Skoda Octavia Estate vs Volkswagen Golf Estate
* Family estates compared * We rate them in every area * Which one should you buy?...
The Skoda Octavia Estate and VW Golf Estate are two of the most practical estates on the market; both have vast loadbays with plenty of clever touches to help take the strain out of family life. Both cars are based on the same basic platform and are available with much the same range of engines and gearboxes. Read on to find out what the differences are and which car you should choose.
What are the Skoda Octavia Estate and VW Golf Estate like inside?
The Octavia has the edge for outright space; with the rear seats up there’s 610 litres of room (compared with the Golf’s 605 litres). The Skoda’s advantage grows with the rear seats folded down; it offers 1740 litres of space compared with the VW’s 1620 litres.
The reality is, though, you’ll fit virtually the same amount of luggage in either car, which means several suitcase or boxes of flat-pack furniture will be no problem at all. Folding the rear seats is a doddle in the Golf because you simply pull handles in the boot and the spring-loaded seatbacks drop virtually flat.
This handy feature is only available on the more expensive versions of the Octavia, and it’s only range-topping Elegance trim that gets an adjustable boot floor to avoid having a step up to the folded seats (this can be added to lesser models for £150), whereas all Golf Estates have this feature as standard.
The fact that you can raise the Golf’s floor also comes in handy when loading heavy items, because it means you don’t have to negotiate a large lip at the entrance of the boot.
The Octavia counters by offering a lot more rear legroom than the Golf, although both cars are spacious enough to seat four six-footers in comfort. Both also give the driver a wide range of seat and steering wheel adjustment, although the Skoda offers slightly better all-round vision.
The Skoda and the VW have similarly classy cabins, with lots of dense, soft-touch plastics and a user-friendly dashboard layout. The same touch-screen infotainment system also features on both cars. This has well-ordered menus and is flanked by shortcut keys that allow you to switch quickly between different functions.
What are the Skoda Octavia Estate and VW Golf Estate like to drive?
There’s a huge range of turbocharged petrol and diesel engines to choose from, many of which feature in identical forms in both cars. Petrol Octavia buyers are best off with the 103bhp 1.2 TSI; it’s just about nippy enough for family chores and is much cheaper the 138bhp 1.4 TSI. It’s a pity the Octavia isn’t available with the 120bhp 1.4 TSI that’s offered in the VW, because this is easily the pick of the Golf’s petrol engines. It’s smooth, quiet and easily up to the job of hauling around a family of four.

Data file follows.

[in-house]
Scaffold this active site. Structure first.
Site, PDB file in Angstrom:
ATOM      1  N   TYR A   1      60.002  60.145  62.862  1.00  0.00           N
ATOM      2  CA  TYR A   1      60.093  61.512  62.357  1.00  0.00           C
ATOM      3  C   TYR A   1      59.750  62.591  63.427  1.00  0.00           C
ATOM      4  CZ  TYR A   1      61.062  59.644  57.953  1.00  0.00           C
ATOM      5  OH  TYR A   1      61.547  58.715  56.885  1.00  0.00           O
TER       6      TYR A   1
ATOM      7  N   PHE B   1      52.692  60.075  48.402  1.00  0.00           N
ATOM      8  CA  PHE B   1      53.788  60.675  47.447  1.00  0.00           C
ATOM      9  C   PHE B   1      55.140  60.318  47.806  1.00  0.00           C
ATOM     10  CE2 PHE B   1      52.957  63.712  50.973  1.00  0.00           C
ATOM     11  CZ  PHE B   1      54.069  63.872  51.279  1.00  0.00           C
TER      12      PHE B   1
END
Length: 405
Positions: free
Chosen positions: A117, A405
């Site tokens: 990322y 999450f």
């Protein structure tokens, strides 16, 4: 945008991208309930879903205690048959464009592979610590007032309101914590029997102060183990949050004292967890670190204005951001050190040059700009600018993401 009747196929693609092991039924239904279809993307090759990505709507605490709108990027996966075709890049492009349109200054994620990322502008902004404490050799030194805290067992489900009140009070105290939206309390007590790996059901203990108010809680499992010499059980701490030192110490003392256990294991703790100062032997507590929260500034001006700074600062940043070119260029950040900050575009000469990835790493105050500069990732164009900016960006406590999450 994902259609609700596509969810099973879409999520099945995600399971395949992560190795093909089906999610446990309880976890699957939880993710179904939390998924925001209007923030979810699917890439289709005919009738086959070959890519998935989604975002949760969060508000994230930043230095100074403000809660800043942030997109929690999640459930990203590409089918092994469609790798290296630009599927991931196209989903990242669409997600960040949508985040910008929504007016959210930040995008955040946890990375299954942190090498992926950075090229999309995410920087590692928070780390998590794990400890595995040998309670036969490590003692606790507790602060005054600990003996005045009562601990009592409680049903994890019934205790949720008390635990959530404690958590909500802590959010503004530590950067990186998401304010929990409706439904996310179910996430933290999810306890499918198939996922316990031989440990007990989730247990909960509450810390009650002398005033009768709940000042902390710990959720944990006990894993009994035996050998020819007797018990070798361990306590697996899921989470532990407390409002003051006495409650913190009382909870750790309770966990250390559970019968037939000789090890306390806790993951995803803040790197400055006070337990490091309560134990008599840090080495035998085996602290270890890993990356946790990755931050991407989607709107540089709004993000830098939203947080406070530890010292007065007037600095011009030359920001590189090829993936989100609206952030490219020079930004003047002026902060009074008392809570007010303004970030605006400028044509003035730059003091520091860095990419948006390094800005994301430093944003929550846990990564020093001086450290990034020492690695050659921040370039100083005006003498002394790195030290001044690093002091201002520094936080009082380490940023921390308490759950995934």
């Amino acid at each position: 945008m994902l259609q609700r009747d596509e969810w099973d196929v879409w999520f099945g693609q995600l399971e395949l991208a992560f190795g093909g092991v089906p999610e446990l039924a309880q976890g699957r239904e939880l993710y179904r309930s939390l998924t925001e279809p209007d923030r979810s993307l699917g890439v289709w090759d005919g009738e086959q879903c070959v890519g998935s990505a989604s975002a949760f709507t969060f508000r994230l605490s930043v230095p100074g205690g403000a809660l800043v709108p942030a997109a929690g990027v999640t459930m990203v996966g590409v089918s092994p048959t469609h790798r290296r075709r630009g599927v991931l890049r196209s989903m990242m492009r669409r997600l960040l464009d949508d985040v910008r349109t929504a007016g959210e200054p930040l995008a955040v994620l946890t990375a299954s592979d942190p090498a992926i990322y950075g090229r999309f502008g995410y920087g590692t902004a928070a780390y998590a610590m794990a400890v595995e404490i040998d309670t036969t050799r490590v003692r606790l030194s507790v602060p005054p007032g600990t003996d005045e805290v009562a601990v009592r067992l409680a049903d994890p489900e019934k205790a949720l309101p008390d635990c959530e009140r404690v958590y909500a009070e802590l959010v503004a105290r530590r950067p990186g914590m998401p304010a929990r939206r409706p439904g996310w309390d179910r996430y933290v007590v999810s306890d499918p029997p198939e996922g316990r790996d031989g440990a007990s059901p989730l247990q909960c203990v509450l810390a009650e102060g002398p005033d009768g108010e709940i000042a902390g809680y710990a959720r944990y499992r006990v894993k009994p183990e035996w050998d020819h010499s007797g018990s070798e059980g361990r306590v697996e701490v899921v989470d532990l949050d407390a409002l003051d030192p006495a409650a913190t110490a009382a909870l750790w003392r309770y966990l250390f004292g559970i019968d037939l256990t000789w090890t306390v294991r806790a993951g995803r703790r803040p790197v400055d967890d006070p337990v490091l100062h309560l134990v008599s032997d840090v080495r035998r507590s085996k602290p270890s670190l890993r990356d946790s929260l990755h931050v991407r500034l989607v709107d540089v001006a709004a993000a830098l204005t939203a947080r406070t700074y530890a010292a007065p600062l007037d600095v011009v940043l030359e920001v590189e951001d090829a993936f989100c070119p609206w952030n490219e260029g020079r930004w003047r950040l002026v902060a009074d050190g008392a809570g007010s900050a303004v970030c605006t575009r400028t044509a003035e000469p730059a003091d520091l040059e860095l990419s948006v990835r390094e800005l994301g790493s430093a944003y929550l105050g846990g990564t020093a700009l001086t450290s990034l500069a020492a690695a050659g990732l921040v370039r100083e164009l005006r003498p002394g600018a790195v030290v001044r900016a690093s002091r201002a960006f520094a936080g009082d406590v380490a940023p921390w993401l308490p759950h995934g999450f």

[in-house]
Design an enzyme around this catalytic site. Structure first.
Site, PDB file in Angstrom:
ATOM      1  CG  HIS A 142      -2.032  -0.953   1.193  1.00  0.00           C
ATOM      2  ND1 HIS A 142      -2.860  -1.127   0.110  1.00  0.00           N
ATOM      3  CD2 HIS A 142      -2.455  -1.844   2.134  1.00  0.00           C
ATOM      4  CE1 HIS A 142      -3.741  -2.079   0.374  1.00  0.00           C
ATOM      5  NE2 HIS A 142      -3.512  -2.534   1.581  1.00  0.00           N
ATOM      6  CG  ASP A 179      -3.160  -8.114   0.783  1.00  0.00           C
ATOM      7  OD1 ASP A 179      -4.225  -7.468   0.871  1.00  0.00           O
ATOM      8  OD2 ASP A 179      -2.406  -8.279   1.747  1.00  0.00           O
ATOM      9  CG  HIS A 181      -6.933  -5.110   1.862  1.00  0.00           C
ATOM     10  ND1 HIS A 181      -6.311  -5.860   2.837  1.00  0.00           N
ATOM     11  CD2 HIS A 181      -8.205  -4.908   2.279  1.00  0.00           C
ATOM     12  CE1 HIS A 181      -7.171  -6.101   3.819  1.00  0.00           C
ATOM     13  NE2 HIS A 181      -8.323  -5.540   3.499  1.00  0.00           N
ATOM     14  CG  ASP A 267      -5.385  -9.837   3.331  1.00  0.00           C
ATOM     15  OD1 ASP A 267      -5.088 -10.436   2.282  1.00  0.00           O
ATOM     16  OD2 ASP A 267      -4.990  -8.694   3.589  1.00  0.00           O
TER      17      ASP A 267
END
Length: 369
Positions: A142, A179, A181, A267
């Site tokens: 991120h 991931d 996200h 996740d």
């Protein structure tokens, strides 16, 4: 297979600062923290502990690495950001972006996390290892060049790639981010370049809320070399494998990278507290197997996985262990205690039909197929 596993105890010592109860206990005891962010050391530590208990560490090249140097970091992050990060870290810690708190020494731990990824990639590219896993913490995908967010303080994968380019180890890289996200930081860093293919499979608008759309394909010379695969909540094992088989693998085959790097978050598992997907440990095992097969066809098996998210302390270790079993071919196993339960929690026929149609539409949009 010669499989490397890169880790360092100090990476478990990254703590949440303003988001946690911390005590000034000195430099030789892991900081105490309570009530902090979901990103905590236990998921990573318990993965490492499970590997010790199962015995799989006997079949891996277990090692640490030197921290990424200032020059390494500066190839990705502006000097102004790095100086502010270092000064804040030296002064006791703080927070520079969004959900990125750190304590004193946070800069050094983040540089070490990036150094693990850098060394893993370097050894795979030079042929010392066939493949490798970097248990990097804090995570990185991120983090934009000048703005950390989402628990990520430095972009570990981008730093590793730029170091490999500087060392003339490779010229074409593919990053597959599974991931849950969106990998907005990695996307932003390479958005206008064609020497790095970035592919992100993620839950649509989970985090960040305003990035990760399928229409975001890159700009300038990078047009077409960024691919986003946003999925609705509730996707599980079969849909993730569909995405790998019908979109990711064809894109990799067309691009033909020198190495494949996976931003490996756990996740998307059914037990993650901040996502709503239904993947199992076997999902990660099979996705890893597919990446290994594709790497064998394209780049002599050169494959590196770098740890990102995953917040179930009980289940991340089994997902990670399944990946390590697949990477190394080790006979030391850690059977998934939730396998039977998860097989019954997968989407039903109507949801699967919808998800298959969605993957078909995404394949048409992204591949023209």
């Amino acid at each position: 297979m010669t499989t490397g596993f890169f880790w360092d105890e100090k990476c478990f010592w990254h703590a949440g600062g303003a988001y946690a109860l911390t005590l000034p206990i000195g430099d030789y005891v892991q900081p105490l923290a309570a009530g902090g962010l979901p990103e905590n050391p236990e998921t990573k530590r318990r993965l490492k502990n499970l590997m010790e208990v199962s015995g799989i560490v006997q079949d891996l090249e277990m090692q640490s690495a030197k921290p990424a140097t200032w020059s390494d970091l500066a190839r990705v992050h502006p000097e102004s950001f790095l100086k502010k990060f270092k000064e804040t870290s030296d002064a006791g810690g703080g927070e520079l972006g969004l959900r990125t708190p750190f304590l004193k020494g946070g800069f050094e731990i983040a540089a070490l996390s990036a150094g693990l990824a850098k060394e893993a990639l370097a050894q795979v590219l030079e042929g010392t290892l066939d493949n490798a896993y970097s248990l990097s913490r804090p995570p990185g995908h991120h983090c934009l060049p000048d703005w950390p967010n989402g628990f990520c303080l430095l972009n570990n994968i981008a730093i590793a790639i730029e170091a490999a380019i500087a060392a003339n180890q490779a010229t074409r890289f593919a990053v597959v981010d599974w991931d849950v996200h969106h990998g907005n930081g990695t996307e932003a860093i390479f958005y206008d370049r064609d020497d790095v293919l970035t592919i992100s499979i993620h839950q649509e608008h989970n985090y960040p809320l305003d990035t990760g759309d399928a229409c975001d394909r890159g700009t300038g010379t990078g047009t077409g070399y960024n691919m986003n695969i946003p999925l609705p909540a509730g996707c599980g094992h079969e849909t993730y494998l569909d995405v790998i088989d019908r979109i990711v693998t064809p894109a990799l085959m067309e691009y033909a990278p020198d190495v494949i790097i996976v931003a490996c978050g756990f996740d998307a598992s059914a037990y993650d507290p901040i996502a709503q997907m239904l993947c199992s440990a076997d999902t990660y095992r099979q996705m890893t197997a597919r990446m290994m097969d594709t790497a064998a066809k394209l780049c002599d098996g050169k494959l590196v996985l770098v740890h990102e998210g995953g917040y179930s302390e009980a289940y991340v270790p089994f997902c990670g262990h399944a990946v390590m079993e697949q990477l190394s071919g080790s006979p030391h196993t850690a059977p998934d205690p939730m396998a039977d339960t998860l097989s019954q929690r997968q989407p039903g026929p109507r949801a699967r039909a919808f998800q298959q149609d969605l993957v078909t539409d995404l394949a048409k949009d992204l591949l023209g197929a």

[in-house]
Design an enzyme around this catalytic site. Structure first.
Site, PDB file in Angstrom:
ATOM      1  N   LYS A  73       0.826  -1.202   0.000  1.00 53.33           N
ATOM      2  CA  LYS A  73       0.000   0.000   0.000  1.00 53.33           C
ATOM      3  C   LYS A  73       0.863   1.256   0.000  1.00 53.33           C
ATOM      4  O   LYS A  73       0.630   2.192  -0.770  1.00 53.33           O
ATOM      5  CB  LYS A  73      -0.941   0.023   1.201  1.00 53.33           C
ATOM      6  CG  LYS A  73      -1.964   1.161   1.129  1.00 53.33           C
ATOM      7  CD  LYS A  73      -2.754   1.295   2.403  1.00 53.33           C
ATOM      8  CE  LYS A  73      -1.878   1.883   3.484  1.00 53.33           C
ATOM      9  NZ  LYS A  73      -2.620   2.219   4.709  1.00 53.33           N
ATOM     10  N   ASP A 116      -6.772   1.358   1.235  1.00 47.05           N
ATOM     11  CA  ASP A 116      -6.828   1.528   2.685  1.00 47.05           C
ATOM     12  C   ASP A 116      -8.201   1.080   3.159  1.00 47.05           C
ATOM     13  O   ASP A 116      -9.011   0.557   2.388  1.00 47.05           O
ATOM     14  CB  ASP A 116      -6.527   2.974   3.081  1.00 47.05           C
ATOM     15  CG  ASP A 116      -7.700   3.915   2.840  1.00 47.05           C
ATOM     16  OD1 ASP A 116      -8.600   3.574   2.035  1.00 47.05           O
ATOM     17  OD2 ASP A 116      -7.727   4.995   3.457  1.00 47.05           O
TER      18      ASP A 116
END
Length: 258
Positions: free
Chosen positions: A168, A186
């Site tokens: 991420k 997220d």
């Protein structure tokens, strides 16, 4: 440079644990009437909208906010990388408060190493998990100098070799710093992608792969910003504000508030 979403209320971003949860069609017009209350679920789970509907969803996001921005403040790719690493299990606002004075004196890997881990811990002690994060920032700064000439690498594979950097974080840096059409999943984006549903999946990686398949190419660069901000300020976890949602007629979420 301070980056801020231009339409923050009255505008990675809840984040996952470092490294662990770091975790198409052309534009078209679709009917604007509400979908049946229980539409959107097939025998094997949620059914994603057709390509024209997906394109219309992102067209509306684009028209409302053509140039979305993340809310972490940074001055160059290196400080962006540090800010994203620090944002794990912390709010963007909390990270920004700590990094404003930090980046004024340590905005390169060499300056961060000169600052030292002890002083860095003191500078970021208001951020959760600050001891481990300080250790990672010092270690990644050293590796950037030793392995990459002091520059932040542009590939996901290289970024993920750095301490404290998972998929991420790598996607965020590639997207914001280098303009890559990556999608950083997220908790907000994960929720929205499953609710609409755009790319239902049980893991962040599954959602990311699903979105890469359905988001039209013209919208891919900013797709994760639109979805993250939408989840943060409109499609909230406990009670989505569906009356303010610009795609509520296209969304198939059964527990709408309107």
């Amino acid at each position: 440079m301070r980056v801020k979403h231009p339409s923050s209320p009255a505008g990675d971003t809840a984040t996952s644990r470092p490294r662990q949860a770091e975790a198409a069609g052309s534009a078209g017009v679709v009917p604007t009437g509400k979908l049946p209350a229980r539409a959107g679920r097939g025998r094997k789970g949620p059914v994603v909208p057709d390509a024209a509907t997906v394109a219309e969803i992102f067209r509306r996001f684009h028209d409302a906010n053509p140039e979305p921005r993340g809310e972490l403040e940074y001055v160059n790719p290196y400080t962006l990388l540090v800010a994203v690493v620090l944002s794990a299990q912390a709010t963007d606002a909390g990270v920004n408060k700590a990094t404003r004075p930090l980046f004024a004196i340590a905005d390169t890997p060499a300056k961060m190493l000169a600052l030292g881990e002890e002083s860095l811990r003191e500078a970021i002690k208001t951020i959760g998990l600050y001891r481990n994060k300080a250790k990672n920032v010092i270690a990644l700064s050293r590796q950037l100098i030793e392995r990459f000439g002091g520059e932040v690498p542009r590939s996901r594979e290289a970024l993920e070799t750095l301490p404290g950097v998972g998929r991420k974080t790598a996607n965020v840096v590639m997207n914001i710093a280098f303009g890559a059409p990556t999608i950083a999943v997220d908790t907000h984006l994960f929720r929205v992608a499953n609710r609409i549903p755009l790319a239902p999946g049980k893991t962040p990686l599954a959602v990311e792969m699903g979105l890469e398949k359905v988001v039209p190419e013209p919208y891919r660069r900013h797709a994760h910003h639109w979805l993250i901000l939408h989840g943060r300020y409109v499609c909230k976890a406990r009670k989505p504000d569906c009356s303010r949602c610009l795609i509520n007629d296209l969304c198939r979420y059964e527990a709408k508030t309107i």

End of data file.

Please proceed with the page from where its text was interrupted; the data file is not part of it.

If you’re after a diesel – which most estate buyers are – go for the 1.6 TDI. It’s not quick, but there’s plenty of pull above 1500rpm, and CO2 emissions are kept as low as possible (99g/km in the Skoda and 102g/km in the Golf).
The Golf is the more refined car; occupants are better isolated from engine rumble and there’s slightly less road and wind noise at a steady motorway cruise, too.
More significantly, the Octavia’s suspension gives a fidgety low-speed ride, whereas the Golf makes rough surfaces feel super-smooth. True, the Skoda does settle down at higher speeds, but the VW is still the more comfortable car.
Even more impressive is the way the Golf manages to combine this cushy ride with excellent handling. In fact, both estates feel very safe and secure through bends, with plenty of grip and accurate, consistently weighted steering.
Can I get an automatic?
Both cars are available with VW’s twin-clutch DSG automatic gearbox. In the Golf, this is an option on all engines – apart from the 87g/km 1.6 TDI Bluemotion and entry-level 84bhp 1.2 petrol – and adds £1415 to the price.
The same gearbox is available on all Octavia Estates (excluding 4x4 models) and costs £1250 (or £1390 in the range-topping petrol vRS model). The DSG gearbox doesn’t harm CO2 emissions and fuel economy by too much – in fact, in some cases it actually improves them – although it can be rather jerky in stop-start traffic.
Which one should I buy?
You won’t be disappointed with either of these estates; both are practical, good to drive and decent value for money. However, the Golf makes more sense for private buyers. Yes, it’s more expensive to buy, but its stronger resale values go a long way to making up for that, and its smoother ride and more functional boot layout are also big bonuses.
As a company car, the Octavia looks more appealing (especially if you’re looking at the 1.6 TDI engine) because its lower CO2 emissions and list price will result in cheaper company car tax bills.
Whichever car you choose, SE trim makes the most sense, because this gets you alloys, air-conditioning, Bluetooth, a DAB radio and adjustable lumbar support.
SE trimmed Octavia’s also get climate control and rear parking sensors, which you have to pay extra for on the Golf. However, the VW counters with automatic lights and wipers, a multi-function steering wheel and adaptive cruise control – all optional on the Skoda.